Settlement Agreement: The governor’s budget includes $26.3 million to fund 577 workers who were approved this year to improve Michigan’s child welfare system. In addition, funds are made available to enhance the training provided to child welfare workers.

In August 2006, Children’s Rights, Inc., a national advocacy organization, filed a class action lawsuit seeking to reform Michigan’s foster care system, claiming Michigan failed to move children quickly into safe, stable, permanent homes; provide children with adequate medical, dental and mental health services; provide safe and stable foster homes; and prepare children who age out of the foster care system. A settlement agreement was signed in 2008 and revised in 2011. Among the improvements since that time are the hiring of new staff to significantly reduce caseloads, the extension of foster care to age 21, and improvements in health insurance coverage and educational services for youths transitioning to adulthood.12

Foster Care Services: The governor’s budget projects a cut of $15 million (7.3%) in foster care payments. Michigan currently spends $205.8 million on foster care services, with a caseload of 7,200. The average cost per case is over $24,000 and is expected to climb to nearly $27,000 in Fiscal Year 2014.13

Child Care Fund: The governor’s budget reduces funding for the Child Care Fund by $11.1 million, down 6% from current year spending of $188.7 million. The Child Care Fund provides for the care and treatment of delinquent or maltreated children that are court wards and not eligible for federal payments through Title IV-E. The primary sources of funding for the Child Care Fund are state General Funds or federal TANF.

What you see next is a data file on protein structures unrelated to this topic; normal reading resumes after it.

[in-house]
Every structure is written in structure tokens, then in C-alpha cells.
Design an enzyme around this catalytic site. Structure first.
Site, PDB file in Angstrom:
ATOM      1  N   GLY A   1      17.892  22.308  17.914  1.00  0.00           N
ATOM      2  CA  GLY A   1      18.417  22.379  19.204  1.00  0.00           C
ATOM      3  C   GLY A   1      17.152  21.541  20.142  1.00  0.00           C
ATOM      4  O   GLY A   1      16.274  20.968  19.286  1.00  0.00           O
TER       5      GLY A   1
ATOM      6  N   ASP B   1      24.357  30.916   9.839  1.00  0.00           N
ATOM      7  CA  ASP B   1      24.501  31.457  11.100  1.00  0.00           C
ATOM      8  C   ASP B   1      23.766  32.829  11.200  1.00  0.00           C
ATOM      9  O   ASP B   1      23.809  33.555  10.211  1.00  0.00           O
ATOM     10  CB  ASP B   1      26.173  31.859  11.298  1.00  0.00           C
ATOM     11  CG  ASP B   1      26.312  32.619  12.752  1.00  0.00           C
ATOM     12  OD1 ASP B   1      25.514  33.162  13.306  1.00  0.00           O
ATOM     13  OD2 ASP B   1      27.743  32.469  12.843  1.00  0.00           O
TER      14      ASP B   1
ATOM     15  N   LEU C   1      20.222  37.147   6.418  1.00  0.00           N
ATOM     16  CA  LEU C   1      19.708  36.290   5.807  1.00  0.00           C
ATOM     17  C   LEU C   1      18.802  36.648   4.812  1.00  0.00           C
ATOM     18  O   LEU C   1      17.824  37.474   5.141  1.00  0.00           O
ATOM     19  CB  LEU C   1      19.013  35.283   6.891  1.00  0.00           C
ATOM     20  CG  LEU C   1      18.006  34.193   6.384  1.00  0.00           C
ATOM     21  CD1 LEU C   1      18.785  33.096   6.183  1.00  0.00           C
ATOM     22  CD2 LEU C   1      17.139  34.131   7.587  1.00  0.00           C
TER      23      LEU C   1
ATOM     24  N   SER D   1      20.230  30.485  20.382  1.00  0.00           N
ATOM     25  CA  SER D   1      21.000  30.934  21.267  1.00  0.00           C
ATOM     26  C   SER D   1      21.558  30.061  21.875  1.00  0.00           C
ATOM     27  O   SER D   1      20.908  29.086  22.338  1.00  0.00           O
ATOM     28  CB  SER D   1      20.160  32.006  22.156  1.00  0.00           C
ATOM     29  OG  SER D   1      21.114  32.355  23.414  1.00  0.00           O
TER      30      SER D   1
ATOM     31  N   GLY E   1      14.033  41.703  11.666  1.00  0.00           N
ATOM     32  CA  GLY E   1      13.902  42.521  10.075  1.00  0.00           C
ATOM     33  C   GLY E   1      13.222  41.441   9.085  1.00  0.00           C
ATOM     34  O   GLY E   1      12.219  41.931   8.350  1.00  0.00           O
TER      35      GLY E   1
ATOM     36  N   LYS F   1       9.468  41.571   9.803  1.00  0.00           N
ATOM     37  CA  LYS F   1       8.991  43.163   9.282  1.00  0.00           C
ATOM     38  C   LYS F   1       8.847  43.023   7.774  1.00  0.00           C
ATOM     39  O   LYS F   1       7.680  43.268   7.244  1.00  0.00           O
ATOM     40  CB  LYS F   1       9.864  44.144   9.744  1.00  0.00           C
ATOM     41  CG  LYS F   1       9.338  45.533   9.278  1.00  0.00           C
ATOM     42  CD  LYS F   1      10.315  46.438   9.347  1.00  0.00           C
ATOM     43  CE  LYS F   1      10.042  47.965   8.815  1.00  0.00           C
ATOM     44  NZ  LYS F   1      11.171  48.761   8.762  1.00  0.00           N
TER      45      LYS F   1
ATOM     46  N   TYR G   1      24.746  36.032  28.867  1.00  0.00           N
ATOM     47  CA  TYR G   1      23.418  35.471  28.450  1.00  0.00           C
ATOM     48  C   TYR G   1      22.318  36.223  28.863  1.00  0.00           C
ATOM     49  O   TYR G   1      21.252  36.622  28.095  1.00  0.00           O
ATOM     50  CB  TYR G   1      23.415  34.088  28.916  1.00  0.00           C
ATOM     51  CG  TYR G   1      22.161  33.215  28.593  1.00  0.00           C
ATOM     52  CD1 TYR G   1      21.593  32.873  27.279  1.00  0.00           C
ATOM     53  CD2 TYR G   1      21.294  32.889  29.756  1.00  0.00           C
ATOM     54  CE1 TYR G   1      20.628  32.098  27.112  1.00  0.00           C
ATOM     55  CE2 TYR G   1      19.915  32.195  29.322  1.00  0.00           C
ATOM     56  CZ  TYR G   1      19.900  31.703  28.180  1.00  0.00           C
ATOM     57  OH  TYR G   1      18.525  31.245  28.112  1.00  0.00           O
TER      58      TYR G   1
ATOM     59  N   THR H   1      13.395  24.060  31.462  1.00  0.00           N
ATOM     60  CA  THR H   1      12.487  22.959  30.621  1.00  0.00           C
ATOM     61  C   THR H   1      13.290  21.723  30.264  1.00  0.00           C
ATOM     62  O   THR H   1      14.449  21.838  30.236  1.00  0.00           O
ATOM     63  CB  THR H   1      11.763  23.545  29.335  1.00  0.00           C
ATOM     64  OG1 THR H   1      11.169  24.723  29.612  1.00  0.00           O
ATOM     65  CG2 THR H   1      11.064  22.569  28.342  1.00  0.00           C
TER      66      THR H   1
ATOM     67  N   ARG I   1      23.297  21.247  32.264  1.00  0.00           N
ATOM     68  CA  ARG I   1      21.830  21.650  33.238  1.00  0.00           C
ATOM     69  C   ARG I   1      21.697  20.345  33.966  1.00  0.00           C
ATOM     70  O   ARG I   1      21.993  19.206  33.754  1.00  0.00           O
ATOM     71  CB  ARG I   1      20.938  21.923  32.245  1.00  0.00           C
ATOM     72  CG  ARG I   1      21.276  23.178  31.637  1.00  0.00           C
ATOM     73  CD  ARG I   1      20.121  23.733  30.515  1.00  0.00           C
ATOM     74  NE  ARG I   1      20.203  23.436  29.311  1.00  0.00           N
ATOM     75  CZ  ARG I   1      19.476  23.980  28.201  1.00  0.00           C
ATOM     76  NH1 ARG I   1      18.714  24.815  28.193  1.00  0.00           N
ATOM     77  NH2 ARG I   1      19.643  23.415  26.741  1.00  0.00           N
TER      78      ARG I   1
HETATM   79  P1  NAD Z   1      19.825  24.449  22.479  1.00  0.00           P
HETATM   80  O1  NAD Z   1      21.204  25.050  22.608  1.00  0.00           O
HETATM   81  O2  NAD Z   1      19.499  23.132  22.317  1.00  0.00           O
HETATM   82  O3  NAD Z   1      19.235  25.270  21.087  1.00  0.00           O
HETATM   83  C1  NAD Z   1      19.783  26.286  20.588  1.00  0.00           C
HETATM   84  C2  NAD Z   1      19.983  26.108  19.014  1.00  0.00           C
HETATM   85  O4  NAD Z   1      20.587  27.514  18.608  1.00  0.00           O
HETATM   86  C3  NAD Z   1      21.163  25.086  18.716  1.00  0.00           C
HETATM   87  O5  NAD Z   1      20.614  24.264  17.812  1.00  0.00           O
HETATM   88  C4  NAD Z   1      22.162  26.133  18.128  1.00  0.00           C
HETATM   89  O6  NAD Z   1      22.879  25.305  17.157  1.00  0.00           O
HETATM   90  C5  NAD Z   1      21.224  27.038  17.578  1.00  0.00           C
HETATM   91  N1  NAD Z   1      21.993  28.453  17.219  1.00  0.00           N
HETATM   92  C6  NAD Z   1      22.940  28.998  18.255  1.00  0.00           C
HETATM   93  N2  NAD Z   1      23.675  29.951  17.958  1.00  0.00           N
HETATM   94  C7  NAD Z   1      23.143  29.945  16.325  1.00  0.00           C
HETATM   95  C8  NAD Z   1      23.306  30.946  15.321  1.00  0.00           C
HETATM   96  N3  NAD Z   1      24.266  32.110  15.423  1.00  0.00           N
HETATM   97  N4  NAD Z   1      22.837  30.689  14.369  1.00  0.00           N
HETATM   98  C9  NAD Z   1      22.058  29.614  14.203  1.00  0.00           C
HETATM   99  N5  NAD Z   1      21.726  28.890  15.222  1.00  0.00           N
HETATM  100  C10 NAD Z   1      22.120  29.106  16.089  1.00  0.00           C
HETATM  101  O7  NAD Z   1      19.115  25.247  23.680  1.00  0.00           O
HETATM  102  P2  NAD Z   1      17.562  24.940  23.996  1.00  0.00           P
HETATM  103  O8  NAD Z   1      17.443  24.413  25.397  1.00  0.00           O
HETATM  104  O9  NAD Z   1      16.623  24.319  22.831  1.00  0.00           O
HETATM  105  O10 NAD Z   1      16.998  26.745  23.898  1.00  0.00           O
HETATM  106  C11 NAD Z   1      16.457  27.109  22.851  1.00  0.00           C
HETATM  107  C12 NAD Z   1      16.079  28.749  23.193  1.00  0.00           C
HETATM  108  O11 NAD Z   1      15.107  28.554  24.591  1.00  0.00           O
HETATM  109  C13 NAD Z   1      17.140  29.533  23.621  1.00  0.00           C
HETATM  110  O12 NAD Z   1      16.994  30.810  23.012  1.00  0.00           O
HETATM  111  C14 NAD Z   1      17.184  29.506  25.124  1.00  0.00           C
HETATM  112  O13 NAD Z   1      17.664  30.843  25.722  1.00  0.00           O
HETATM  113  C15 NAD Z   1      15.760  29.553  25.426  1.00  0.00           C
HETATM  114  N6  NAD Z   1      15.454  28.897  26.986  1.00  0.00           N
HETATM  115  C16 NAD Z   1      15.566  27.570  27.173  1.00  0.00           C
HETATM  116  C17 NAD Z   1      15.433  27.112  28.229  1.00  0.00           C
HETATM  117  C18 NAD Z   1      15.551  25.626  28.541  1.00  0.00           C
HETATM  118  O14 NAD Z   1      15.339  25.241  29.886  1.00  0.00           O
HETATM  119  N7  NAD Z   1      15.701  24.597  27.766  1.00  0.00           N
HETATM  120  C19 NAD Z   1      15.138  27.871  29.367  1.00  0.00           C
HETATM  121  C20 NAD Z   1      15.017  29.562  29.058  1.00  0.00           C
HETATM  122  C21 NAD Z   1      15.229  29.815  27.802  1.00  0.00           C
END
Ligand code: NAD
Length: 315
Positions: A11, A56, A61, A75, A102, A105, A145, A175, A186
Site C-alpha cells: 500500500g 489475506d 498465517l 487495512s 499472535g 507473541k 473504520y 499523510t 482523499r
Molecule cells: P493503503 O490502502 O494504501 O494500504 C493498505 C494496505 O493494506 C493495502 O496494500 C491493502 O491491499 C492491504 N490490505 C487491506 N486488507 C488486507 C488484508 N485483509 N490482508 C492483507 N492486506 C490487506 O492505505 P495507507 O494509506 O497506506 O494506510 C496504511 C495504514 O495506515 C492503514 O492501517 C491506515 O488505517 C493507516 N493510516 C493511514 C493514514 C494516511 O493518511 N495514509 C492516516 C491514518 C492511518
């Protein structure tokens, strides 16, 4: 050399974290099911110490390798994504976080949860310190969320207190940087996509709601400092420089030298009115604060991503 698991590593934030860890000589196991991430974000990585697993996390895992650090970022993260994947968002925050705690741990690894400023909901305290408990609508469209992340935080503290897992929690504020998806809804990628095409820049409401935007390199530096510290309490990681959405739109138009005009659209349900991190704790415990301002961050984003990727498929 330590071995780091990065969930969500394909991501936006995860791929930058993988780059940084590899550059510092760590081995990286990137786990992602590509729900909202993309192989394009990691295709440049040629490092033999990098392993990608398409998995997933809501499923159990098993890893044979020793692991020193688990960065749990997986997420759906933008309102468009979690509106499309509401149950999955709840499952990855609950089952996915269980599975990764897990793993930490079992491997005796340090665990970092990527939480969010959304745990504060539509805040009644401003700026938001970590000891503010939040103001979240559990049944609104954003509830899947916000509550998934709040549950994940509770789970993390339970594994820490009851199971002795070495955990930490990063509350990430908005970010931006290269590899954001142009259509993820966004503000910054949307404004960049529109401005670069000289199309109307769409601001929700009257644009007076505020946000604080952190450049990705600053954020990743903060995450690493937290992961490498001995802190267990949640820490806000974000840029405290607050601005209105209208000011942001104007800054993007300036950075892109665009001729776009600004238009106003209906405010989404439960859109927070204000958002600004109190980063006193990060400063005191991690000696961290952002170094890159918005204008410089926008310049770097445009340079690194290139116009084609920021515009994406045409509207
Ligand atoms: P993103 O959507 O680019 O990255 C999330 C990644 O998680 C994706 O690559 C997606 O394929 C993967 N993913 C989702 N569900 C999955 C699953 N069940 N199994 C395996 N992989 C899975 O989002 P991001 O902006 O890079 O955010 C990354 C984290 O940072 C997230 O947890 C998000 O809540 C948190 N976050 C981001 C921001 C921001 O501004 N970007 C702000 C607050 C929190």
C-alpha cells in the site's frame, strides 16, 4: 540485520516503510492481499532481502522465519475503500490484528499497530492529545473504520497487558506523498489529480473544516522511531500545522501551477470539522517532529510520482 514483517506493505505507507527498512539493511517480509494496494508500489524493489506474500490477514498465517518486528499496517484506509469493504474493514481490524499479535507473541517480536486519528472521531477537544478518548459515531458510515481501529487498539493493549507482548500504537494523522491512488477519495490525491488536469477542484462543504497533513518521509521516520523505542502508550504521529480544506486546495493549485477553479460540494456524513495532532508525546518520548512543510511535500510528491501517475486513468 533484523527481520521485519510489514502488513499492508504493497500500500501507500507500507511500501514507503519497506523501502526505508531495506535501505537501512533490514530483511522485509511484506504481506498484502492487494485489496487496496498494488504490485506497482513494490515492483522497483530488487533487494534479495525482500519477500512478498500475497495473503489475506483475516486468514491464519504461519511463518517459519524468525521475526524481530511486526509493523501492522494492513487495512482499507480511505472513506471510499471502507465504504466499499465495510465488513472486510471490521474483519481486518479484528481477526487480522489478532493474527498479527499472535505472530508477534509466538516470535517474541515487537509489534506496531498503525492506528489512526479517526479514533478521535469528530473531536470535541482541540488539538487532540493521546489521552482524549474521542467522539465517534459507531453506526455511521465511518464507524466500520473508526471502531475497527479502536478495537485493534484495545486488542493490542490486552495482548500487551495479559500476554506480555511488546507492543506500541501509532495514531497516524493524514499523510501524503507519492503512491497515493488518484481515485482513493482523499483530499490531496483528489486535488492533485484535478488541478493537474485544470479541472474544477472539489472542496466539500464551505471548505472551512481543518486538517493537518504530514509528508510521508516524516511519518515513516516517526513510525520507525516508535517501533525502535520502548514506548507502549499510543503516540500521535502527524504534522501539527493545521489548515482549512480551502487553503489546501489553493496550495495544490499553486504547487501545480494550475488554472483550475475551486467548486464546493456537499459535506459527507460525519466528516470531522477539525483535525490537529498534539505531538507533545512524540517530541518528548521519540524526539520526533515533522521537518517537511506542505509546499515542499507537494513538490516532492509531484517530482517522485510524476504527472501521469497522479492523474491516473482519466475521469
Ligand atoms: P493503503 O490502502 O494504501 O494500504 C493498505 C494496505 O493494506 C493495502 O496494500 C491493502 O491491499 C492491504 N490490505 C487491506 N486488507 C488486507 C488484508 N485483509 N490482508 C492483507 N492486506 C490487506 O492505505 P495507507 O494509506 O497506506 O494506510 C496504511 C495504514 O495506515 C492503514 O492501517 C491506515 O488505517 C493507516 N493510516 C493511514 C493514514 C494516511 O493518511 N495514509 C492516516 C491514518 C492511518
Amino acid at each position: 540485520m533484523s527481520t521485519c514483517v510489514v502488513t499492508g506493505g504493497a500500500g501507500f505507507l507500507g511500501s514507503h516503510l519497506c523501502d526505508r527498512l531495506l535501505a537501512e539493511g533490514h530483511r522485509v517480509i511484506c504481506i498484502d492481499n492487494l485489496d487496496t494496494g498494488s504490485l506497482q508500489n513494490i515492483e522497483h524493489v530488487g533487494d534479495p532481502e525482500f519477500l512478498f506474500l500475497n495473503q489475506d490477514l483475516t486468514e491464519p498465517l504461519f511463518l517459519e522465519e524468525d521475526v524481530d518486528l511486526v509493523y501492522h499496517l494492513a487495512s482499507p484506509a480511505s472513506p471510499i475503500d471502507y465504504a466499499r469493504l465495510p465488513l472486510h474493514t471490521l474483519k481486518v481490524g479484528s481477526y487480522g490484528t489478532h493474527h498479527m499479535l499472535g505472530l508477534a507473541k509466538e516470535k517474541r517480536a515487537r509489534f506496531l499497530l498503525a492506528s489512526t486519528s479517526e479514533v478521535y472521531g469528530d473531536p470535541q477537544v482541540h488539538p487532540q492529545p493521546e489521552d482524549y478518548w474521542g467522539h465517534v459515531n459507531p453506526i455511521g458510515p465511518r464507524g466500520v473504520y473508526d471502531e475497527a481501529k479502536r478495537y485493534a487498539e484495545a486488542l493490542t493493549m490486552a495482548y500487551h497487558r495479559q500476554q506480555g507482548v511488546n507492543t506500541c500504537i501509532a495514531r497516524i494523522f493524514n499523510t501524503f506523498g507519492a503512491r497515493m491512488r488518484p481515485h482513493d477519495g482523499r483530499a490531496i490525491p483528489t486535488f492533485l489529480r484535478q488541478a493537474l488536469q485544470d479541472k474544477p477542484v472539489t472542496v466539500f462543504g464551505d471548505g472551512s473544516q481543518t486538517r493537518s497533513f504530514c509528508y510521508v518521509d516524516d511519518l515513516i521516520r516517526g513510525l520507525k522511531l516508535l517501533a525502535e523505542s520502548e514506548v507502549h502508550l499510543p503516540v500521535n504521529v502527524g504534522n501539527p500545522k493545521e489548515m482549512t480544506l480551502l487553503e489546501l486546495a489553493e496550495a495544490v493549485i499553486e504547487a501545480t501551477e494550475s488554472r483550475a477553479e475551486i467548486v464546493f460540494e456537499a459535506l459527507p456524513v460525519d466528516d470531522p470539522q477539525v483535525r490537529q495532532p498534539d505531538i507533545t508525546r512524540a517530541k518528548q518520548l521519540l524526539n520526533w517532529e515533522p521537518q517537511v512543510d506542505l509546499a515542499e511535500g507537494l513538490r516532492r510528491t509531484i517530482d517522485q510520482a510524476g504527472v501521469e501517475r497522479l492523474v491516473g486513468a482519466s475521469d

Adoption Subsidies: The governor provides $215.4 million for adoption subsidies, a small increase from the current fiscal year. Subsidies are provided to families adopting children with special needs and include both cash and medical subsidies. Subsidies are expected to be provided to approximately 27,000 families, with an average cost per month of $651.14

Prevention Services: The governor provides continuation funding for Families First ($17.95 million), Strong Families/Safe Children ($12.35 million) and the Family Reunification Program ($3.97 million). The proposed budget allocates $2.5 million in one-time funding for Family Preservation Programs and Child Protection and Permanency for the expansion of Title IV-B family preservation programs.15

ENDNOTES

1. Ellen Jeffries, State Budget Overview, Senate Fiscal Agency (February 14, 2013).
2. Executive Budget, Fiscal Years 2014 and 2015.
3. Kevin Koorstra, Human Services Background Briefing, House Fiscal Agency (December 2012).
4. Department of Human Services Funding History, Senate Fiscal Agency (updated 1/07/2013).
5. Kevin Koorstra, Human Services Background Briefing, House Fiscal Agency (December 2012).
6. Frances Carley, Senate Fiscal Agency analysis of S.B. 192, Human Services (2/25/2013).
7. Kevin Koorstra, Human Services Background Briefing, House Fiscal Agency (December 2012), and Frances Carley, Senate Fiscal Agency analysis of S.B. 192, Human Services (2/25/2013).The original appropriation for Fiscal Year 2013 for food assistance was based on an assumed caseload of 1,088,146, although actual caseloads are now expected to fall below those levels. 
8. Kevin Koorstra, Human Services Background Briefing, House Fiscal Agency (December 2012).
9. Ibid.
10. Ibid.
11. Ibid.
12. Progress of the Michigan Department of Human Services, Monitoring Report for Dwayne B. v. Snyder, Modified Settlement Agreement, Public Catalyst (June 25, 2012).  
13. Frances Carley, Senate Fiscal Agency analysis of S.B. 192, Human Services (2/25/2013).
14. Ibid.
15. Ibid.